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Hush creator to continue Apollo Pavilion celebrations

Published August 23, 2019 3.13pm


A unique County Durham landmark is to be transformed by a celebrated local artist as part of a year of celebrations to mark its half-century.

Apollo Pavilion Steve Messam

How 'Apollo' will look

The Apollo Pavilion at Peterlee is to host an inflatable and illuminated installation by Steve Messam - the man behind Hush in the North Pennines Area of Outstanding Natural of Beauty - the latest in a calendar of events to commemorate its unveiling 50 years ago.

The pavilion, an example of brutalist architecture, was officially opened on the town's Sunny Blunts estate in 1969, named in honour of that year's Apollo moon landings.

We chose to mark five decades of the structure with a year of celebrations which has already seen it house a light installation, delivered in partnership with Artichoke, producer of the Lumiere festival, and scene of a 50th birthday party which boasted live music and screenings of lunar-themed films.

The celebrations, also part of our year of culture #Durham19, are now set to continue with 'Apollo' - in which the pavilion is encased by four inflated sculptural forms, illuminated from within.

The installation is the brainchild of County Durham based Steve, whose sculpture near Bowlees Visitor Centre in Upper Teesdale has been widely acclaimed.

Apollo will be open to the public to view from Thursday to Sunday, 19 to 22 September, from 10am to 9pm daily.

The installation has been funded by Arts Council England and commissioned by us.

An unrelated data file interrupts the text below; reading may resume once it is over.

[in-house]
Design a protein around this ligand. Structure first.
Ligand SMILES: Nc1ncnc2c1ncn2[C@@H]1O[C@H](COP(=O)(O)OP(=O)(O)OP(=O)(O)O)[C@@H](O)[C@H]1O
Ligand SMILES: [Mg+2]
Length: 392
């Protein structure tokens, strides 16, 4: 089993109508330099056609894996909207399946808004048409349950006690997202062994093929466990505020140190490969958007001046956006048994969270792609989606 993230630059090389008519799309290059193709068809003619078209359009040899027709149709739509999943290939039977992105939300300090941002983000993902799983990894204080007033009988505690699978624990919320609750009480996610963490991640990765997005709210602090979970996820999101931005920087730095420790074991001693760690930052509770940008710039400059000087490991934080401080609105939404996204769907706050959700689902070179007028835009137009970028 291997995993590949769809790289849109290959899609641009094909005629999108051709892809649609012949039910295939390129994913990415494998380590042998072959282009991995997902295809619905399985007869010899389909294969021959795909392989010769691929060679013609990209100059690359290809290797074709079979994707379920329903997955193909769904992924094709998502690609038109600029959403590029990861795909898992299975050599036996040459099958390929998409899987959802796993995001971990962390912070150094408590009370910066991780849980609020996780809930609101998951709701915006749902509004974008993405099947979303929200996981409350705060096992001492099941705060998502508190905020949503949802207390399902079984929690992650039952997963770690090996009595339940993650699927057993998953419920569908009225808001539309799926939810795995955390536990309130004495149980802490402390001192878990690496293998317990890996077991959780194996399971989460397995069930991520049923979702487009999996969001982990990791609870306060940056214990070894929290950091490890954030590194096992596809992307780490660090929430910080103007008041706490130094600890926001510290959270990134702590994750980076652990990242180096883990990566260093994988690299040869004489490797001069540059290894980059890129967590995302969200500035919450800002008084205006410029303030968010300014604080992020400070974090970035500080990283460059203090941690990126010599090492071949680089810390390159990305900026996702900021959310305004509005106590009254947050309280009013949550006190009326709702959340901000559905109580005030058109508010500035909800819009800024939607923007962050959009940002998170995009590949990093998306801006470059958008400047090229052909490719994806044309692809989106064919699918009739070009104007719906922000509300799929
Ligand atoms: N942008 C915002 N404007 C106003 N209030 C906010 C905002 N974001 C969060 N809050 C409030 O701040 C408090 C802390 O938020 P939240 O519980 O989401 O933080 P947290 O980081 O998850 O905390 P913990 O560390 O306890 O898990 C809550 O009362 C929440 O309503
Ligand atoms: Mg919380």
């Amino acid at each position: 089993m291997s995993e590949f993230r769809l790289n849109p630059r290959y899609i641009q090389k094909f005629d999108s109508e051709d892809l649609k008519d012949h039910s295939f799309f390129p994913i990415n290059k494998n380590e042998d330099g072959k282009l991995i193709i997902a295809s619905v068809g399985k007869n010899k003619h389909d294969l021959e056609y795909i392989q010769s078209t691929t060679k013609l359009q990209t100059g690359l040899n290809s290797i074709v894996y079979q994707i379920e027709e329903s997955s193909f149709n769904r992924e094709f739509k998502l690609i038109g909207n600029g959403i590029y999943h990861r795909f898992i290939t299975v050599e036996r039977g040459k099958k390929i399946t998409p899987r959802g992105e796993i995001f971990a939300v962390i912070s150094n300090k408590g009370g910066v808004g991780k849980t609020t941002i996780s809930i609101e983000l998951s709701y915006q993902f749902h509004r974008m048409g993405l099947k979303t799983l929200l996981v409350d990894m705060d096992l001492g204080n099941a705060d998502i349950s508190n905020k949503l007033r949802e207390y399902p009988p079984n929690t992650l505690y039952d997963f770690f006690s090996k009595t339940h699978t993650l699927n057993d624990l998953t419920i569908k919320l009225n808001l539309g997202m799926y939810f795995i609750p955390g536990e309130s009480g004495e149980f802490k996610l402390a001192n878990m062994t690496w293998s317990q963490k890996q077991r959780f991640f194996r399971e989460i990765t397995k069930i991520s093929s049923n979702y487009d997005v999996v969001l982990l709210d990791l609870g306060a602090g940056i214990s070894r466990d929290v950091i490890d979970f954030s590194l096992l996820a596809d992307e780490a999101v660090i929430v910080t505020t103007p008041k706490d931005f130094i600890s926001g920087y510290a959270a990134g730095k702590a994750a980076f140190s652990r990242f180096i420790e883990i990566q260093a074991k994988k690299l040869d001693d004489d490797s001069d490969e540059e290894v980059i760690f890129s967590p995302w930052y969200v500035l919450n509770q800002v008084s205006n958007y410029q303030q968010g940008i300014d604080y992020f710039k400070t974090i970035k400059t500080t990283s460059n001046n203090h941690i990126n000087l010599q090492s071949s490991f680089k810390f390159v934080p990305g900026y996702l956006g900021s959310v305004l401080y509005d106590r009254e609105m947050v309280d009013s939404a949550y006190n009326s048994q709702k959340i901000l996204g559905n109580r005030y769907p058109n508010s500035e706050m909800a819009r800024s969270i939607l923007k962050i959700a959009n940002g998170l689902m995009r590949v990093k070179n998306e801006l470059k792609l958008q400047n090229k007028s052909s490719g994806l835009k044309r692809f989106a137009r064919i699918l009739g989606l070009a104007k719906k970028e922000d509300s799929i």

A bold statement of time, place and ambition

Cllr Joy Allen, our Cabinet member for transformation, culture and tourism, said: "We are delighted to have a local artist like Steve involved in our celebrations of 50 years of the Apollo Pavilion, and our year of culture #Durham19.

"His Hush installation has proved a massive success and having seen images of how 'Apollo' will look, I am sure it will be just as popular.

"It's been really pleasing how people have engaged with the light installation and birthday party and we look forward to seeing everyone at Apollo."

Steve said: "It's an amazing opportunity to be able to work with such an iconic piece of brutalist architecture. Such a bold statement of time, place and ambition, all within the context of the Apollo moon landings, I really looking forward to celebrate that spirit 50 years on."

More new events

More new events have been announced as part of the year of celebrations.

Steve is to work with fellow artist Sara Cooper and students from The Academy at Shotton Hall and Dene Community School, both at Peterlee, on a project entitled Playful Places.

This will see students design and create their own art installations, in workshops led by the professionals. Their works will then be unveiled at locations around the town.

East Durham Creates will also be working with town schoolchildren to produce and publish a commemorative newspaper. Zine will capture the responses to the year of celebration of local residents, both young and old, in their own words and artwork.

Year of culture

The Apollo Pavilion is a concrete structure commissioned by Peterlee Development Corporation and designed by artist Victor Pasmore.

The year of celebrations began with the light installation by German artists Mader Wiermann in March, followed by the birthday party in July.

This saw performances by acts from Durham's BRASS Festival, including Mr Wilson's Second Liners, and Barry Hyde, lead singer of the Futureheads, who performed Standing on the Moon, a specially written song with 500 students from eight local schools.

#Durham19 is a year of events and activities to celebrate everything the county has to offer in cultural and sporting terms.

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